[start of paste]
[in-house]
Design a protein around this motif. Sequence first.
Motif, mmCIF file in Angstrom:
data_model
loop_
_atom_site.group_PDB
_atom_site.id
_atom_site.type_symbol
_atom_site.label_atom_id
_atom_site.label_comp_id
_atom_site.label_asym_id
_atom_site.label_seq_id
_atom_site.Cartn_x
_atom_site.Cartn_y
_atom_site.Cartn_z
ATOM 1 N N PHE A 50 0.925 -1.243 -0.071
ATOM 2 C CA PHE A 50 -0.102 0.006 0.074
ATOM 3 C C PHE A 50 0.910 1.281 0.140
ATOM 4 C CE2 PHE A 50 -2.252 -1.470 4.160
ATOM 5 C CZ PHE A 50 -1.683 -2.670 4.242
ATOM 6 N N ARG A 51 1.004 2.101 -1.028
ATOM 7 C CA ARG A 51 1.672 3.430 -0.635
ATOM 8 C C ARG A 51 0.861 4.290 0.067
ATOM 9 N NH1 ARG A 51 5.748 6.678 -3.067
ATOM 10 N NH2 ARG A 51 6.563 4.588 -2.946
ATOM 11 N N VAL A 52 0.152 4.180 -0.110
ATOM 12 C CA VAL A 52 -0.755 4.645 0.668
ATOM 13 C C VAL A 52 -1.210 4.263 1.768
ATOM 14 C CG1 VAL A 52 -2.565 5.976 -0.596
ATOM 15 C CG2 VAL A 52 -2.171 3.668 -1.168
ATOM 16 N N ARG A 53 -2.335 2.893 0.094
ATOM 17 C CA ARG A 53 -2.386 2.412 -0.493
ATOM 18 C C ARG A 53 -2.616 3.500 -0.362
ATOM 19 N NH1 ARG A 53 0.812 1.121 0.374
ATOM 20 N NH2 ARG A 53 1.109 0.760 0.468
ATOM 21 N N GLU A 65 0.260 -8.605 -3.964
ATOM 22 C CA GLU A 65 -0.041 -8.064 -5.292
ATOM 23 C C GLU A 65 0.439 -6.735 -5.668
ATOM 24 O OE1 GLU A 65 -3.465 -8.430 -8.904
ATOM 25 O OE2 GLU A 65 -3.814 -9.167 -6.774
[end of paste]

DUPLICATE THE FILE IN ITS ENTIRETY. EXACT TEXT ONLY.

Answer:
[in-house]
Design a protein around this motif. Sequence first.
Motif, mmCIF file in Angstrom:
data_model
loop_
_atom_site.group_PDB
_atom_site.id
_atom_site.type_symbol
_atom_site.label_atom_id
_atom_site.label_comp_id
_atom_site.label_asym_id
_atom_site.label_seq_id
_atom_site.Cartn_x
_atom_site.Cartn_y
_atom_site.Cartn_z
ATOM 1 N N PHE A 50 0.925 -1.243 -0.071
ATOM 2 C CA PHE A 50 -0.102 0.006 0.074
ATOM 3 C C PHE A 50 0.910 1.281 0.140
ATOM 4 C CE2 PHE A 50 -2.252 -1.470 4.160
ATOM 5 C CZ PHE A 50 -1.683 -2.670 4.242
ATOM 6 N N ARG A 51 1.004 2.101 -1.028
ATOM 7 C CA ARG A 51 1.672 3.430 -0.635
ATOM 8 C C ARG A 51 0.861 4.290 0.067
ATOM 9 N NH1 ARG A 51 5.748 6.678 -3.067
ATOM 10 N NH2 ARG A 51 6.563 4.588 -2.946
ATOM 11 N N VAL A 52 0.152 4.180 -0.110
ATOM 12 C CA VAL A 52 -0.755 4.645 0.668
ATOM 13 C C VAL A 52 -1.210 4.263 1.768
ATOM 14 C CG1 VAL A 52 -2.565 5.976 -0.596
ATOM 15 C CG2 VAL A 52 -2.171 3.668 -1.168
ATOM 16 N N ARG A 53 -2.335 2.893 0.094
ATOM 17 C CA ARG A 53 -2.386 2.412 -0.493
ATOM 18 C C ARG A 53 -2.616 3.500 -0.362
ATOM 19 N NH1 ARG A 53 0.812 1.121 0.374
ATOM 20 N NH2 ARG A 53 1.109 0.760 0.468
ATOM 21 N N GLU A 65 0.260 -8.605 -3.964
ATOM 22 C CA GLU A 65 -0.041 -8.064 -5.292
ATOM 23 C C GLU A 65 0.439 -6.735 -5.668
ATOM 24 O OE1 GLU A 65 -3.465 -8.430 -8.904
ATOM 25 O OE2 GLU A 65 -3.814 -9.167 -6.774